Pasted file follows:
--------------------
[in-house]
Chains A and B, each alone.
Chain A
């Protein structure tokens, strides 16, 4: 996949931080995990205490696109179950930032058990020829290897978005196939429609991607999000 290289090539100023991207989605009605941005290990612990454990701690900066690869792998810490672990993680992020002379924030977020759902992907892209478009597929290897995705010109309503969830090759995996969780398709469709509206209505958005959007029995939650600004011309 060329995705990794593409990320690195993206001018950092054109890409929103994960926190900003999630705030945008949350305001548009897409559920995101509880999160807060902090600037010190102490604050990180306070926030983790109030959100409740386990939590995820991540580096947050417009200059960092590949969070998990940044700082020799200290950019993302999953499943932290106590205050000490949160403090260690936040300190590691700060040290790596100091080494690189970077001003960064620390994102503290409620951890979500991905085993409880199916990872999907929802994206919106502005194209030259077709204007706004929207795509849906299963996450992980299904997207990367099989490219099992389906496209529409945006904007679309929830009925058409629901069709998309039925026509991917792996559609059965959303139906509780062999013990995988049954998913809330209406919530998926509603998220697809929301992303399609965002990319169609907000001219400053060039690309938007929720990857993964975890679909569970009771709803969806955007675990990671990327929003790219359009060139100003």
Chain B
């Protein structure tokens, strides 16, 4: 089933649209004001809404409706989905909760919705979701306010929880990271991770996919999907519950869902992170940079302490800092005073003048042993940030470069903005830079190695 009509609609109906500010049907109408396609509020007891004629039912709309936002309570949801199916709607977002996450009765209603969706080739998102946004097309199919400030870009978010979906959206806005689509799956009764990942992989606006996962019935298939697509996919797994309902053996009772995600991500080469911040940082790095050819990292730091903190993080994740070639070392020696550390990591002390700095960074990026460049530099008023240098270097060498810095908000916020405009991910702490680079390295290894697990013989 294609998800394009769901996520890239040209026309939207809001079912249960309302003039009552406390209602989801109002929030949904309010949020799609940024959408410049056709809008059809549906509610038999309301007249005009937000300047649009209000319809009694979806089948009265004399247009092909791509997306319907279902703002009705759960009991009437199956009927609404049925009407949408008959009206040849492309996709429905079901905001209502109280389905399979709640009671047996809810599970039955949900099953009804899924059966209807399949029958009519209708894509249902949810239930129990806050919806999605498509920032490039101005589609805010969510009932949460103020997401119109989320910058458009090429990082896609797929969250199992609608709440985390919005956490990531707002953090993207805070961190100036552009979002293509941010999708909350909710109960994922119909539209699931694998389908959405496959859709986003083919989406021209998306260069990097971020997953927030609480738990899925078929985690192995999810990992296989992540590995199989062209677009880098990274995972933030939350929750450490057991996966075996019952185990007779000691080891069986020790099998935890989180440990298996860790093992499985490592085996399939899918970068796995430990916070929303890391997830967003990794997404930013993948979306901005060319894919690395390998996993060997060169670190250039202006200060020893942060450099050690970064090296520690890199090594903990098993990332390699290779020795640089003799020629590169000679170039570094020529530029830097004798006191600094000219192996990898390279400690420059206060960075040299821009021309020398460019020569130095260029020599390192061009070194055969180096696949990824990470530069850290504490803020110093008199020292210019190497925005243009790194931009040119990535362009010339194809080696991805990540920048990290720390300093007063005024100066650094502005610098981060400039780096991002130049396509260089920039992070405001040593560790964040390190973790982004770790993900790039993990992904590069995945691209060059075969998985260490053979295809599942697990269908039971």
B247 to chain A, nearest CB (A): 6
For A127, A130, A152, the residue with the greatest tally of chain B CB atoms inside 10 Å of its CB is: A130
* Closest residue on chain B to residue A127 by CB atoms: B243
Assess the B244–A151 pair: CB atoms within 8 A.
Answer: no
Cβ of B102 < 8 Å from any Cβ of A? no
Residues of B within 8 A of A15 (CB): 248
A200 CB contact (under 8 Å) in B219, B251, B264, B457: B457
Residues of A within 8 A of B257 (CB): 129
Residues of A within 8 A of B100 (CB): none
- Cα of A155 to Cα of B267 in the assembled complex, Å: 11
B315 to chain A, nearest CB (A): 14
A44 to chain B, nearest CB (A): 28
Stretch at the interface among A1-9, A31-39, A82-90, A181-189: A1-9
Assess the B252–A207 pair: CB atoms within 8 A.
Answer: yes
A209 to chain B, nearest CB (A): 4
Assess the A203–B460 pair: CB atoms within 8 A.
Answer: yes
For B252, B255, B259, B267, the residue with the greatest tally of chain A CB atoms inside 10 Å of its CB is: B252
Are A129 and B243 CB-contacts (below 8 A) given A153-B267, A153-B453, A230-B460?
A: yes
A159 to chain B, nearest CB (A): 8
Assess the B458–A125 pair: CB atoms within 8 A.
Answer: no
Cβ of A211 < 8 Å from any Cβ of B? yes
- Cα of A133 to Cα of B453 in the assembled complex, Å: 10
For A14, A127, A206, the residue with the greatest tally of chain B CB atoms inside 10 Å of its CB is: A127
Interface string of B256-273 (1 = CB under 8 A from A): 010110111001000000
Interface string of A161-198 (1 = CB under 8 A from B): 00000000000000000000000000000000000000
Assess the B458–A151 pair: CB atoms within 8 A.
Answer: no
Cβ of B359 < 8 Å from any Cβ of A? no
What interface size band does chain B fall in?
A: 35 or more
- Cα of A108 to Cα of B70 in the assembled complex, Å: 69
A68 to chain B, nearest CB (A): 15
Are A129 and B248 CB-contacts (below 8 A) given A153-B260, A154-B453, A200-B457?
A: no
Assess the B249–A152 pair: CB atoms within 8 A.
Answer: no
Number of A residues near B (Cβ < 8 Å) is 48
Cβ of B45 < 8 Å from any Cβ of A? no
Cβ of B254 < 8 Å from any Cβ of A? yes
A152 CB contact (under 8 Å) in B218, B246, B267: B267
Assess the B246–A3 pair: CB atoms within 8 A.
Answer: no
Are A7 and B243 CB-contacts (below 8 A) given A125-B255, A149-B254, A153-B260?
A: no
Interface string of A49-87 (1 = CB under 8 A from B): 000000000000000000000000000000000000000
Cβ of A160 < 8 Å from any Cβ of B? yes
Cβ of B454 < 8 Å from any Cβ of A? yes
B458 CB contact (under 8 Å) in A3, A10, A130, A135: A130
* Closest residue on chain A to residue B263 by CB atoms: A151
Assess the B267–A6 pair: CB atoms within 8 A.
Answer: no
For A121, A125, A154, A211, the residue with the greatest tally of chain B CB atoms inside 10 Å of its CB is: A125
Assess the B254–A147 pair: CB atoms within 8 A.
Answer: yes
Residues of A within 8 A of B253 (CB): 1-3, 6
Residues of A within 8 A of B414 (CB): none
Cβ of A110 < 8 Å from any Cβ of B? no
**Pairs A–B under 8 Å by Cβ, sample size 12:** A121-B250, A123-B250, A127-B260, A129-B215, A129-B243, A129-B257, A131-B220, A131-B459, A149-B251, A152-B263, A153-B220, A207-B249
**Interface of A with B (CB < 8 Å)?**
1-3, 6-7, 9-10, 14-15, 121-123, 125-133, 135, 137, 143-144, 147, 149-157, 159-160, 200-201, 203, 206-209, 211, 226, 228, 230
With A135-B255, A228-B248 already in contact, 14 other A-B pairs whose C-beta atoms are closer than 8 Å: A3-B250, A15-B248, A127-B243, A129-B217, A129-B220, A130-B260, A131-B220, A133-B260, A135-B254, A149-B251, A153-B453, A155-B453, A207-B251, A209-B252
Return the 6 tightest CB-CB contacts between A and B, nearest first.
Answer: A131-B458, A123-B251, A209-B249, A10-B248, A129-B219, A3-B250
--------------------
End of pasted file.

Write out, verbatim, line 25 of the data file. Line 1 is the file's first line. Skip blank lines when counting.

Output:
Answer: yes